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Coronavirus Vaccine Doubts Prompt Multimillion Dollar Educational Campaign

LOS ANGELES (CBSLA) -- A massive effort is underway across Southern California and the rest of the U.S. to change the minds of millions of Americans, particularly those in communities of color, who are skeptical about the safety of the coronavirus vaccine.

"It's an issue of trust," said John Bridgeland, the CEO of COVID Collaborative -- a coalition of health, education and economic experts.

According to a recent survey by the Public Policy Institute of California, just over half of Latinos in the state say they would definitely or probably get the vaccine.

The number was significantly lower among African Americans, with only 29% saying they would definitely or probably get the coronavirus vaccine.

Bridgeland, who has worked in the White House under former presidents Barack Obama and George W. Bush, heads the $50 million campaign known as COVID Collaborative that shares educational messaging about the safety of the coronavirus vaccine.

"To ensure that these vaccines become available that Americans of all backgrounds regions of the country... Regardless of levels of trust are well-educated have trusted local messengers like doctors and pharmacist and pastors," he said.

The collaborative was behind a viral message from former presidents Barack Obama, Bill Clinton and George W. Bush who said they would volunteer to take the coronavirus vaccine on camera to build public confidence.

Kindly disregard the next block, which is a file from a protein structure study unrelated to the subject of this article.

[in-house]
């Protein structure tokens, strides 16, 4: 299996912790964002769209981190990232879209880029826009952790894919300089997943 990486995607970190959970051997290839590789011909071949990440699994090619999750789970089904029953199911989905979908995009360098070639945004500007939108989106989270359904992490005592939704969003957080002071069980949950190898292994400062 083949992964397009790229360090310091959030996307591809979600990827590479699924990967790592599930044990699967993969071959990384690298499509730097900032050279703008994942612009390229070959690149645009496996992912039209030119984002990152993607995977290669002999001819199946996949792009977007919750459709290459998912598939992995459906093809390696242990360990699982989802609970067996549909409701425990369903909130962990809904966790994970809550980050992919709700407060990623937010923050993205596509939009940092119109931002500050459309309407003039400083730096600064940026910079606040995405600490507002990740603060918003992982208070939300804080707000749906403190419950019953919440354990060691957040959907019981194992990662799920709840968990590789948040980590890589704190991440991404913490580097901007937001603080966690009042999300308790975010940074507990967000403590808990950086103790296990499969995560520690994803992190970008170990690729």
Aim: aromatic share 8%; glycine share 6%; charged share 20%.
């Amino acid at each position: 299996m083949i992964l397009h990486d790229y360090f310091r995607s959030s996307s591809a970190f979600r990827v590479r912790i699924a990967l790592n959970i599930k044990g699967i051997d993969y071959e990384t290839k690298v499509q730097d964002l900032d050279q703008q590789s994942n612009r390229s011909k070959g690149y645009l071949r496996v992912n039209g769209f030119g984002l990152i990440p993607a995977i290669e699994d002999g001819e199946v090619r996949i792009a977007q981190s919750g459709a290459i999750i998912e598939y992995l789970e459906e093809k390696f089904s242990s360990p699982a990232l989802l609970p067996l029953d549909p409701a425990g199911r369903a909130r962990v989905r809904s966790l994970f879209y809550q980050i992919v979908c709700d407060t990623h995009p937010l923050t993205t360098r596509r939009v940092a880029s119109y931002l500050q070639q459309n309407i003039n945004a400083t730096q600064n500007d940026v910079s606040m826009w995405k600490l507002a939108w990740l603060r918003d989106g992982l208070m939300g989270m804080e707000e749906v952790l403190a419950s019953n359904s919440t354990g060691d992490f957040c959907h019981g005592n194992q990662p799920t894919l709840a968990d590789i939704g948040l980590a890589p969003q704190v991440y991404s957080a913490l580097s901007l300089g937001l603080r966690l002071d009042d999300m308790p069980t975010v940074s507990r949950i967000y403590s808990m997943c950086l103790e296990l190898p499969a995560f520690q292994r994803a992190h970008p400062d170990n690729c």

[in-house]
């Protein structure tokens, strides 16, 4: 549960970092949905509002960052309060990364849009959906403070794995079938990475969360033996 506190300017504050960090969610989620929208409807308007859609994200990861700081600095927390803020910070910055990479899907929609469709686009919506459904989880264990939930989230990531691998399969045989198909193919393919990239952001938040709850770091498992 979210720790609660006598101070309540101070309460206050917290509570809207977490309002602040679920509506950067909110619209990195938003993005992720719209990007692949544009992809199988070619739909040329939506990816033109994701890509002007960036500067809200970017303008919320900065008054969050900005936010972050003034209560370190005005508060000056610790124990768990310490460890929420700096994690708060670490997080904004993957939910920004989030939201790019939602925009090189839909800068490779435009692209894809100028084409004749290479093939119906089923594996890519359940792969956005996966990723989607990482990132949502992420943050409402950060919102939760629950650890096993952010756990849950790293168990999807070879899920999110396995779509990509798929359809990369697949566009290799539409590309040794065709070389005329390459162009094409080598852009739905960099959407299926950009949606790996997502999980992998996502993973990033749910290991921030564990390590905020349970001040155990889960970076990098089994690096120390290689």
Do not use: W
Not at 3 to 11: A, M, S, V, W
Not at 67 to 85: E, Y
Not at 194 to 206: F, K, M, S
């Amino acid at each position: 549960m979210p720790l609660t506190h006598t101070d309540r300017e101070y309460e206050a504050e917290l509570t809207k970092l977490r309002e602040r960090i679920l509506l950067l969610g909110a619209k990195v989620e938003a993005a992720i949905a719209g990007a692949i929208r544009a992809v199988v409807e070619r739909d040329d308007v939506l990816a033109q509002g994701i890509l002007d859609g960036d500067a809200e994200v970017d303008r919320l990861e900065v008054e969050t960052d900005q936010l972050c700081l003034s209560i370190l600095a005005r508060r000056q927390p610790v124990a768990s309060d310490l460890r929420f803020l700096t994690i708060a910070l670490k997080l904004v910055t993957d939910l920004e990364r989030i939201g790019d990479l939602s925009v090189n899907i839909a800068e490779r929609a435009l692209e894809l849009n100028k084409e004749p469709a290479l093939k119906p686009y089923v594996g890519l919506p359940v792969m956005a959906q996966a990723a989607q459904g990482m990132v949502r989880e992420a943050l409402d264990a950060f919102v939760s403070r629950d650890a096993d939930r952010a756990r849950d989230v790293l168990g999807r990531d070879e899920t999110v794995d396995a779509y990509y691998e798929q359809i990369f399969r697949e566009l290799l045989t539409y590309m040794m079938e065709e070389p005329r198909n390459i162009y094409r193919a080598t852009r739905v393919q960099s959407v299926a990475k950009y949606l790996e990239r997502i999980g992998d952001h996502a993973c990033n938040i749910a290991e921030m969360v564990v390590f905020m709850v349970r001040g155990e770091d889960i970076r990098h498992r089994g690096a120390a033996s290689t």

The California Pan-Ethnic Health network, which according to its website is "collecting stories, quotes, and other information about what diverse Californians are experiencing during COVID-19," has been focusing on educating communities in the state that have been hit the hardest by the coronavirus pandemic.

"All of these communities of color are understandably hesitant based on any recent historic memory, being experimented on," said Monika Lee, the Communications Manager of the California Pan-Ethnic Health Network. "We have African Americans with the Tuskegee experiment. We have a history of forced sterilization on indigenous folk and Latinx folks as well."

The organization says that for some Latino and Filipino communities, the fear of using coronavirus resources, including the vaccine, is connected to their citizenship status.

"So, there are a lot of fears around public charge and around accessing resources they are able to access testing contact tracing and things like that but being fearful of coming forward and not being able to eventually get a citizenship or get a green card," Lee said.

The COVID Collaborative organization has also brought a coalition of governors to help coordinate messaging about coronavirus.

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